If The Wall Street Journal is correct, President Obama is planning on a major capitulation to the Republicans, paving the way for a disastrous “grand bargain” that would bargain away the pillars of the New Deal.

        Just last month, the Campaign for America’s Future sounded the alarm about the chained CPI and the threat to our retirement security, and many of you have responded to our call.

        But the threat now is more urgent than ever.

        Sign the petition to President Obama: No Social Security, Medicare or Medicaid cuts in your budget.

        The president needs to know that gutting Social Security is going in the wrong direction. The middle class needs more retirement security, not less.

        The president needs to know if he tries to ram this “grand swindle” through Congress, he will shatter his party and lose the support of the people.

        And if we are to stop the capitulation from happening, the president needs to hear from you immediately, before he unveils his budget in a matter of days.

        Stay strong, and we’ll win this.

        Sincerely,

        Roger Hickey
        Co-Director, Campaign for America’s Future

      •  Don (1+ / 0-)
        Recommended by:
        allenjo

        Knowing you are critical of my post is most reassuring.

        •  Quicklund - you only have 2 HR for me. (2+ / 0-)
          Recommended by:
          aliasalias, allenjo

          gogogo has 4

          howarddream, indyguy   both of these have 3

          there are 4 or you with 2 HR each

          in case you have not noticed, what I got HR before, saying bad stuff about Obama, is these days all over the place here on dailykos

          the early warnings from Glenn Greenwald and Chris Hedges have come to pass yet many still look up to the president

          we have seen "democrats" ready to sell out the new deal

          as someone pointed out, when something good happens, it is Obama's action, when something bad happens it is because of the republicans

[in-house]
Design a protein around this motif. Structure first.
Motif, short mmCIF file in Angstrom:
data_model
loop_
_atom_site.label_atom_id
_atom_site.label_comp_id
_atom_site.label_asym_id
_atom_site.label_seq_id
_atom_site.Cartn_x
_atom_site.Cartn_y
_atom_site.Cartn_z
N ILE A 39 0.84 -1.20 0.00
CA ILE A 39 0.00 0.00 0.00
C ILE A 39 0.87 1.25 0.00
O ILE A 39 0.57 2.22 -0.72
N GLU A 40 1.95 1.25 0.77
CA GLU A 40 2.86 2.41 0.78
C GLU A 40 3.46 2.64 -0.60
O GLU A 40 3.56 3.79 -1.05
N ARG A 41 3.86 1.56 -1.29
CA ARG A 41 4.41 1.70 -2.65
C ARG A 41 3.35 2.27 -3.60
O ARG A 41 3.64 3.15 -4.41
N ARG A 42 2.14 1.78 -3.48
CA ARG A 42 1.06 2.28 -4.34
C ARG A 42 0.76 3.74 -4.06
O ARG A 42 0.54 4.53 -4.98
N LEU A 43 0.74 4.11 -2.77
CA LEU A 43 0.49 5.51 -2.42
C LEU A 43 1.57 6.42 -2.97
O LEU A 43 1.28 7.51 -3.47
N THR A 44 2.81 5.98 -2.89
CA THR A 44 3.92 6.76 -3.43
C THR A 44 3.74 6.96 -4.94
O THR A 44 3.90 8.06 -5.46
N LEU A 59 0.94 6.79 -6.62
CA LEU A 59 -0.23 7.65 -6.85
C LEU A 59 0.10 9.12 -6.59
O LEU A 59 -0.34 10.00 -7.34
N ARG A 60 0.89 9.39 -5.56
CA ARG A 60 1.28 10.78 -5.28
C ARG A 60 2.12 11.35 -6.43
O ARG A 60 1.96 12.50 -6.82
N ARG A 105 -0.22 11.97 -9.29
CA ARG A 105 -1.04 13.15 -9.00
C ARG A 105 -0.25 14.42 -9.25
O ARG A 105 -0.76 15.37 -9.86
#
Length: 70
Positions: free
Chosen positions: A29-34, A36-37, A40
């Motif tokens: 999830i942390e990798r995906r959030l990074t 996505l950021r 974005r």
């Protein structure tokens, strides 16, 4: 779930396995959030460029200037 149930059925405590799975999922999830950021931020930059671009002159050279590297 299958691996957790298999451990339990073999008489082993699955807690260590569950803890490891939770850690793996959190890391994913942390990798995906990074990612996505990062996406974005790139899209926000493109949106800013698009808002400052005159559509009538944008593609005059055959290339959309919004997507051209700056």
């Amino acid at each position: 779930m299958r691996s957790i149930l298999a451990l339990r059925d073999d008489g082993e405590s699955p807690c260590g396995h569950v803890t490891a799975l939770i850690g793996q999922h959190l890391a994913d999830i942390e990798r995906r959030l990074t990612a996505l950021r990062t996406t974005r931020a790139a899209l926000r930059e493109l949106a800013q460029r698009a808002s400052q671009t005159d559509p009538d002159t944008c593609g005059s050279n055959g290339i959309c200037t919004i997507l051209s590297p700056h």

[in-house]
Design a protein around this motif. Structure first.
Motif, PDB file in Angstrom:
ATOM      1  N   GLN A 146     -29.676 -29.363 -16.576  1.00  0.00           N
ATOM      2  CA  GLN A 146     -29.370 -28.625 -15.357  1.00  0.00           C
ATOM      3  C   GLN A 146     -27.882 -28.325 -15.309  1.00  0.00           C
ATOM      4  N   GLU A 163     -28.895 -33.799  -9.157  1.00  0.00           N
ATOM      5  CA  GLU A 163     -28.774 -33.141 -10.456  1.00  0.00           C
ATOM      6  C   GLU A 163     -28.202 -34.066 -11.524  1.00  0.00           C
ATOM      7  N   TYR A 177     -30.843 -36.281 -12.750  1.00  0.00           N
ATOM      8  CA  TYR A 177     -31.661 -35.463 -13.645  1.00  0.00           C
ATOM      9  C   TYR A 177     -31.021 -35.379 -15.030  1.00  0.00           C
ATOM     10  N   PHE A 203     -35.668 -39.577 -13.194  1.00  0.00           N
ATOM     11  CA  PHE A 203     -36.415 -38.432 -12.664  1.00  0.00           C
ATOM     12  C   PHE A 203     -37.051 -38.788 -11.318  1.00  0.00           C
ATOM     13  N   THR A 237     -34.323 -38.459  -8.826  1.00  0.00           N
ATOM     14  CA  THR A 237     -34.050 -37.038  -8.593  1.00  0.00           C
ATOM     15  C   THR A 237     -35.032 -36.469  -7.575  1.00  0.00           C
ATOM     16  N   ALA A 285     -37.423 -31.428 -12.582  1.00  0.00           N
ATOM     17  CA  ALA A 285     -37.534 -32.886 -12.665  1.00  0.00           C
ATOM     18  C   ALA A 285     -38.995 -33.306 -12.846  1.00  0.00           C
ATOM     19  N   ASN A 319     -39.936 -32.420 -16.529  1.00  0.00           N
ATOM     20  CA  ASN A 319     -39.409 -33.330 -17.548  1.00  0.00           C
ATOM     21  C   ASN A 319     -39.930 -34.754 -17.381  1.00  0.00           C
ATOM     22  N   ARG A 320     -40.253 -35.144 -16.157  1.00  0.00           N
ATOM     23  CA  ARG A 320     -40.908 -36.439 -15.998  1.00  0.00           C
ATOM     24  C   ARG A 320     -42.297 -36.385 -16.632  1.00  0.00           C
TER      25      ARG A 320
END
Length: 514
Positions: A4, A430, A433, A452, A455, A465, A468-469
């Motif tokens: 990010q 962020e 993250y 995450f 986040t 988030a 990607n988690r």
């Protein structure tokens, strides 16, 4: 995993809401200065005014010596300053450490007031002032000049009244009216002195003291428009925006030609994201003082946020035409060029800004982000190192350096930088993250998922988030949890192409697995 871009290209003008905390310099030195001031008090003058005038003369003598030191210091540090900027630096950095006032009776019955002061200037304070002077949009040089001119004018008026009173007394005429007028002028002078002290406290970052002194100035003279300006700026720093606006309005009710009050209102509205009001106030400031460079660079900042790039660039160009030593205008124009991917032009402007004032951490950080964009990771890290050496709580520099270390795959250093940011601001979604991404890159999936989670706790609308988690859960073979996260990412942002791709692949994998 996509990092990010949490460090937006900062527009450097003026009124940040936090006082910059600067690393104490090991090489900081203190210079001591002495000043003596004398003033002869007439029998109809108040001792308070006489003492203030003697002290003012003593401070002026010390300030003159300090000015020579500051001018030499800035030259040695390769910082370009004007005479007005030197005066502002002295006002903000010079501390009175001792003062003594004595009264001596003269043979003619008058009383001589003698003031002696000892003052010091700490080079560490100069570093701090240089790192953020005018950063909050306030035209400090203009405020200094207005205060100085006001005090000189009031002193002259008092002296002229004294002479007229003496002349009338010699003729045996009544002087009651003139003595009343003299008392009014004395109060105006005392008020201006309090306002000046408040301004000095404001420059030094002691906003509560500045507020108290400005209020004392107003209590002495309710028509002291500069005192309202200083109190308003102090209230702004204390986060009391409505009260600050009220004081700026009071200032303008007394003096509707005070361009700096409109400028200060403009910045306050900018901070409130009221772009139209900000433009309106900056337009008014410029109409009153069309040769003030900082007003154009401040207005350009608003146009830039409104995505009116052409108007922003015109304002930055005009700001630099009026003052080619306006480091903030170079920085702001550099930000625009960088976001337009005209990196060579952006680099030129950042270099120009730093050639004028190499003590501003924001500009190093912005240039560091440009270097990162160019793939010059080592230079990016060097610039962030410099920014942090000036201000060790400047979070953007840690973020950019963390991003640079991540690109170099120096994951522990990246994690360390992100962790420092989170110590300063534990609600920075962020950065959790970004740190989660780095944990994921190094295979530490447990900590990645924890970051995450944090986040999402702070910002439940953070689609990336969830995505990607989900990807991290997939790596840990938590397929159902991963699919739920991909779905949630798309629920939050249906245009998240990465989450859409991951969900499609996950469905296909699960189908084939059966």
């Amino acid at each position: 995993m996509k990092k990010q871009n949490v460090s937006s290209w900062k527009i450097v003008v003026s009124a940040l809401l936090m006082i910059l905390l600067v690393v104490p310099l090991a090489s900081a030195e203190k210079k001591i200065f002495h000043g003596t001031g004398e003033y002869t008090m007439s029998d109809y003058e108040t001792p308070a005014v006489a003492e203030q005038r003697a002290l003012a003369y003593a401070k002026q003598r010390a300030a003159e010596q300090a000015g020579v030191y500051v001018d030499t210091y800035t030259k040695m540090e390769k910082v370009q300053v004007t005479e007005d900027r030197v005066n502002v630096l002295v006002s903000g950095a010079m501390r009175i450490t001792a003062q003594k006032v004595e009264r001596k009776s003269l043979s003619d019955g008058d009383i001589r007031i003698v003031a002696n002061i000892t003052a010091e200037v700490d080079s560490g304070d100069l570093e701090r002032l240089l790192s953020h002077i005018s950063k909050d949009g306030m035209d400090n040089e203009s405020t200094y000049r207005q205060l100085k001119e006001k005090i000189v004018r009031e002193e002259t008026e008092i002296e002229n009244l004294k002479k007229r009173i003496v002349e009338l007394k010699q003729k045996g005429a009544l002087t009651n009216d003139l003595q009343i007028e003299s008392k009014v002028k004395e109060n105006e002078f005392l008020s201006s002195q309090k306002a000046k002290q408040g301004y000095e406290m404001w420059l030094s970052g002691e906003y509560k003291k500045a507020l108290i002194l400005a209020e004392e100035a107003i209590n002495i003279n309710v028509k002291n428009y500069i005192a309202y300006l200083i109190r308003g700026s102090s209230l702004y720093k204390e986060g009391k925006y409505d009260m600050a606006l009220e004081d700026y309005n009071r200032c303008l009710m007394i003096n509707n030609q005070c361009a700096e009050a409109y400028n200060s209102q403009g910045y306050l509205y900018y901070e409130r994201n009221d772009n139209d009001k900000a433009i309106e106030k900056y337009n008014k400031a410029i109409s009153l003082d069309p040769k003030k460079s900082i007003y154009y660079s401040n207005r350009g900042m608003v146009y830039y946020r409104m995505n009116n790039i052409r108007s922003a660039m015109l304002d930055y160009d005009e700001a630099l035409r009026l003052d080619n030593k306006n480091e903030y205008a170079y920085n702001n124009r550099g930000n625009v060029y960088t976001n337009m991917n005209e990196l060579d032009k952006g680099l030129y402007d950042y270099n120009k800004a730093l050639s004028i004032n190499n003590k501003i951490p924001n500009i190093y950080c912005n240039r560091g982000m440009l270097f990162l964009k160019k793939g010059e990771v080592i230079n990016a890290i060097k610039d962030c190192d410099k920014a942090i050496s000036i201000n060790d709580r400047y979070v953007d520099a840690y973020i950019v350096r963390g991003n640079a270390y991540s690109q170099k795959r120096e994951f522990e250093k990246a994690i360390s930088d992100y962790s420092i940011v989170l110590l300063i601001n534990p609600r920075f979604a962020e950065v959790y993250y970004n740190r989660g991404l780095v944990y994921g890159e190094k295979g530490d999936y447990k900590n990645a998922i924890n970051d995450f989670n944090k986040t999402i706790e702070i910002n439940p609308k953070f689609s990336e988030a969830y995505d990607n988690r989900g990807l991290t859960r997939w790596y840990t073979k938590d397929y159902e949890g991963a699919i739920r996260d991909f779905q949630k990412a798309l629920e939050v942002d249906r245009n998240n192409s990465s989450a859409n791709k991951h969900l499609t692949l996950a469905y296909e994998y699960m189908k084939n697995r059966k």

•  so true, Don (2+ / 0-)
            Recommended by:
            PhilJD, Nada Lemming
            when something good happens, it is Obama's action, when something bad happens it is because of the republicans
            The applause is dying down here on dkos - there aren't as many of Obama's most ardent supports posting here, those that want us all to of course applaud the good but then to always ignore the bad.

            "Who are these men who really run this land? And why do they run it with such a thoughtless hand?" David Crosby

            by allenjo on Tue Apr 02, 2013 at 12:42:45 PM PDT

            [ Parent ]

    •  of course (8+ / 0-)

      what a big bi-partisan multi-branches mess.

      Andy Worthington:

      However, there is another reason for the hunger strike that is rather harder to deny; namely, that the prisoners despair of ever being released, over four years after President Obama promised to close Guantánamo, and despite 86 of the remaining prisoners being cleared for release by an interagency Guantánamo Review Task Force that the President established in 2009.

      The President himself is to blame for imposing a blanket ban on the release of two-thirds of these men — all Yemenis — after a Nigerian man,Umar Farouk Abdulmutallab, tried and failed to blow up a plane bound for the US on Christmas Day 2009. Abdulmutallab was recruited in Yemen, but the President’s ban imposes an unjustifiable life sentence on the Yemenis on the basis of their nationality alone.

      Also to blame is Congress, where lawmakers introduced legislation designed to block the release of prisoners, including an obligation on the defense secretary to certify that any released prisoner would not subsequently be able to engage in anti-American activities — a certification that seems to me to be impossible to make. As a result, only four prisoners have been released in the last two years, and during that same time period three prisoners have died. The prisoners also understand these statistics: at present there is a 43 percent probability that if they manage to leave Guantánamo, which is unlikely, it will be in a coffin.

      [...]Instead of responding, however, President Obama is doing nothing — or rather, just watching as officials establish that nearly $200 million is required to renovate the facilities at Guantánamo, including, as Gen. Kelly let slip, $50 million to replace Camp 7, the secretive camp where the 16 “high-value detainees,” including Khalid Sheikh Mohammed, are held. The President, I’m sorry to note, escaped the scrutiny he deserved when these figures emerged, because the cost, of course, includes the figures for the cleared prisoners. It was established in November 2011 that it costs $72 million a year to hold the cleared prisoners; and to that can be added half of the $150 million that is not being spent on the “high-value detainees.” With the annual cost, that is $150 million that will be spent this year on holding men that the US government decided three to four years ago it no longer wished to hold.